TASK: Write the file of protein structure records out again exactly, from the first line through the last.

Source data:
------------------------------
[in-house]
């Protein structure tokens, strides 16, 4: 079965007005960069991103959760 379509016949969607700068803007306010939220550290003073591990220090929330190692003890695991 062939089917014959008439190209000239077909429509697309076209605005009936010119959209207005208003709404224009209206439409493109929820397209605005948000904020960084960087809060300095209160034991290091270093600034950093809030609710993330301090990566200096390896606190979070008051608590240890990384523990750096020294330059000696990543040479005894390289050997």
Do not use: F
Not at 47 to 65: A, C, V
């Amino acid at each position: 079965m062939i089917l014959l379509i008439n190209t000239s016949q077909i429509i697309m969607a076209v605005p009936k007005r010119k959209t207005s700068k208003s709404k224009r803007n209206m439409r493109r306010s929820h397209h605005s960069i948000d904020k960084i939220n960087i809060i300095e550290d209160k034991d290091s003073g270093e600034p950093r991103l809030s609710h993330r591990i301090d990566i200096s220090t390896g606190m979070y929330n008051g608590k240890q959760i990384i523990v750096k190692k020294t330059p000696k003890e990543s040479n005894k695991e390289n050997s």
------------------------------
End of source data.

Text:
[in-house]
């Protein structure tokens, strides 16, 4: 079965007005960069991103959760 379509016949969607700068803007306010939220550290003073591990220090929330190692003890695991 062939089917014959008439190209000239077909429509697309076209605005009936010119959209207005208003709404224009209206439409493109929820397209605005948000904020960084960087809060300095209160034991290091270093600034950093809030609710993330301090990566200096390896606190979070008051608590240890990384523990750096020294330059000696990543040479005894390289050997």
Do not use: F
Not at 47 to 65: A, C, V
């Amino acid at each position: 079965m062939i089917l014959l379509i008439n190209t000239s016949q077909i429509i697309m969607a076209v605005p009936k007005r010119k959209t207005s700068k208003s709404k224009r803007n209206m439409r493109r306010s929820h397209h605005s960069i948000d904020k960084i939220n960087i809060i300095e550290d209160k034991d290091s003073g270093e600034p950093r991103l809030s609710h993330r591990i301090d990566i200096s220090t390896g606190m979070y929330n008051g608590k240890q959760i990384i523990v750096k190692k020294t330059p000696k003890e990543s040479n005894k695991e390289n050997s």